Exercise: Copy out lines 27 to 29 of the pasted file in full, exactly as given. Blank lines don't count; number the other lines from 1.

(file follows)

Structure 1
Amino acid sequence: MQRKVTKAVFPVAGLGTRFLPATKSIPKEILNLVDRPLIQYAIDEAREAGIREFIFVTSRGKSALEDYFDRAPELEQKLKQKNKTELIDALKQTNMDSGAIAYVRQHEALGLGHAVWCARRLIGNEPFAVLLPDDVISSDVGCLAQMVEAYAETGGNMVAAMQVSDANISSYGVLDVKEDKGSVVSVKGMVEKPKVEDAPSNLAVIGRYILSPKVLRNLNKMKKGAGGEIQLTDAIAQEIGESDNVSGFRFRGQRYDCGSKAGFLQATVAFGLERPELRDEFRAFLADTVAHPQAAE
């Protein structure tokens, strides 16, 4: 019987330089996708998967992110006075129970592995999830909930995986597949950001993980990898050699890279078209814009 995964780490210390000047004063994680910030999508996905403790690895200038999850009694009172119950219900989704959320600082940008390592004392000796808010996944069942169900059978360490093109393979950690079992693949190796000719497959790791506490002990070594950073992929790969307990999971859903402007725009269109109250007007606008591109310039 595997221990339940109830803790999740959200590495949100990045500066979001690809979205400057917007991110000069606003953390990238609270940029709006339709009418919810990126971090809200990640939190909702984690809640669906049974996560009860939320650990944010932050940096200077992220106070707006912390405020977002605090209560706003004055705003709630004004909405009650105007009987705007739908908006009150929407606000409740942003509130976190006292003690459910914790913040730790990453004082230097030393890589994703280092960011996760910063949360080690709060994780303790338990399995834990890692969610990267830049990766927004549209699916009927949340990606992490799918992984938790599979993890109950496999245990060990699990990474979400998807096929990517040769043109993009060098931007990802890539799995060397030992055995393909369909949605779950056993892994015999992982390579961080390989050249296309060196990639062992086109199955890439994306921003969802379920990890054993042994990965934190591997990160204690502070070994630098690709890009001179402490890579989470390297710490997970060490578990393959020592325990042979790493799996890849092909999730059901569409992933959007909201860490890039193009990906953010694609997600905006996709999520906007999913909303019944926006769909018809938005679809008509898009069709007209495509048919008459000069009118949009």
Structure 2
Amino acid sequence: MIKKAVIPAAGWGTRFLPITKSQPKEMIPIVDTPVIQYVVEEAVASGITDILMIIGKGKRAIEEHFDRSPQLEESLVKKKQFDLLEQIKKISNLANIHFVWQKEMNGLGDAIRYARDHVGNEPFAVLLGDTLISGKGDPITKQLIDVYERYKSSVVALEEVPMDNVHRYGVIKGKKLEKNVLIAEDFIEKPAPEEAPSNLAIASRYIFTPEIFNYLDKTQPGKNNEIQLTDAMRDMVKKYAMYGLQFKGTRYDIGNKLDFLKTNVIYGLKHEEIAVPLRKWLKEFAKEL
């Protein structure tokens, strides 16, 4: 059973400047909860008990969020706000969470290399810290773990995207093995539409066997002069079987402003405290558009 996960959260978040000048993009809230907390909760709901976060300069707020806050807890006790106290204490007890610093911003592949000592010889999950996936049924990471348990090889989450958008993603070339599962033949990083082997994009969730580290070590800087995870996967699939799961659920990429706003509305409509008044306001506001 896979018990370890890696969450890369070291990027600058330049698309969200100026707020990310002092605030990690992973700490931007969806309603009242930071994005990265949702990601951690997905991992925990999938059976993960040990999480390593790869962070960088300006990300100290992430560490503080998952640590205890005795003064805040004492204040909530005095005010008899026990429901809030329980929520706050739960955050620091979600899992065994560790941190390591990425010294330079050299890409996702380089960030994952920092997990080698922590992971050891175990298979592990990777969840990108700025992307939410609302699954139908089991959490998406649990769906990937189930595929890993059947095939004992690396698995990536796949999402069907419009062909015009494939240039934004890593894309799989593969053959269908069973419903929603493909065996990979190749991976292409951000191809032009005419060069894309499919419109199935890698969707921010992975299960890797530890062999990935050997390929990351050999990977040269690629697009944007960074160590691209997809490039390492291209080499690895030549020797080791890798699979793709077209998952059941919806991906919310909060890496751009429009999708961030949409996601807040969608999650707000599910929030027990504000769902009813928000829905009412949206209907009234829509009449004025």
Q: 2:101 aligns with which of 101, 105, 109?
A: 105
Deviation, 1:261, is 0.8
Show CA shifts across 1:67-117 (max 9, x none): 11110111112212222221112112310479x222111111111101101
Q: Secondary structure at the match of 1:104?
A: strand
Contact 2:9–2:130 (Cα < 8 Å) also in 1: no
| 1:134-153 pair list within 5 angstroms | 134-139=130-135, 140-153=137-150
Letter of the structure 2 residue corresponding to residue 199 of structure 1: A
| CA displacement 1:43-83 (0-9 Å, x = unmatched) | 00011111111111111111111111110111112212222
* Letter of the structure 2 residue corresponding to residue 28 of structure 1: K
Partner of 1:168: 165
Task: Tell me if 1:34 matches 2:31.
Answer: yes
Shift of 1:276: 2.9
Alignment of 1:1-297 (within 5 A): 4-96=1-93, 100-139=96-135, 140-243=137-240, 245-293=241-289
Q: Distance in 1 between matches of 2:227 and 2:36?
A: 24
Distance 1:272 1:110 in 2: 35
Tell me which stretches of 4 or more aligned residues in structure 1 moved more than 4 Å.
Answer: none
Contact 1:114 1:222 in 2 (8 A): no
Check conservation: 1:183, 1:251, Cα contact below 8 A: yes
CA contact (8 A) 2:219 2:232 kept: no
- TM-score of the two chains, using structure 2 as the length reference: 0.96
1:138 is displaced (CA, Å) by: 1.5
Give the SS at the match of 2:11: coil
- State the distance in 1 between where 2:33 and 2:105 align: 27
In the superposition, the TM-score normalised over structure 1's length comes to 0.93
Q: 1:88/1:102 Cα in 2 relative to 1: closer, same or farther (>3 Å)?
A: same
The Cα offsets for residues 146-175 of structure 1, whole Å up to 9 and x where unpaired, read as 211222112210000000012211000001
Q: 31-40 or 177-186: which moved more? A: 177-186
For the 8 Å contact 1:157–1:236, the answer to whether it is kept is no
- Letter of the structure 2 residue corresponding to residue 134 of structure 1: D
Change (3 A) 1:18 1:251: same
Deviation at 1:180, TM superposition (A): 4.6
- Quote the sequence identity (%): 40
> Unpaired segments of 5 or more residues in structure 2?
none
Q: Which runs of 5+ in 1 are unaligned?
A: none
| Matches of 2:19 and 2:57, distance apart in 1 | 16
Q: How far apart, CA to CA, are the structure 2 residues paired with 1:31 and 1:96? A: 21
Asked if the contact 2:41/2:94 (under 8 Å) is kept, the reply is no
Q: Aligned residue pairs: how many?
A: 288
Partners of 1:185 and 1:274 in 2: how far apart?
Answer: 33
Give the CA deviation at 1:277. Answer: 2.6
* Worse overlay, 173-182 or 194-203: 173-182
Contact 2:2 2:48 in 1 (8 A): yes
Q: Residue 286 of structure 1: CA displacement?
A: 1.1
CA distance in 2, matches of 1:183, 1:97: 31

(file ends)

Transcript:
Answer: none
Contact 1:114 1:222 in 2 (8 A): no
Check conservation: 1:183, 1:251, Cα contact below 8 A: yes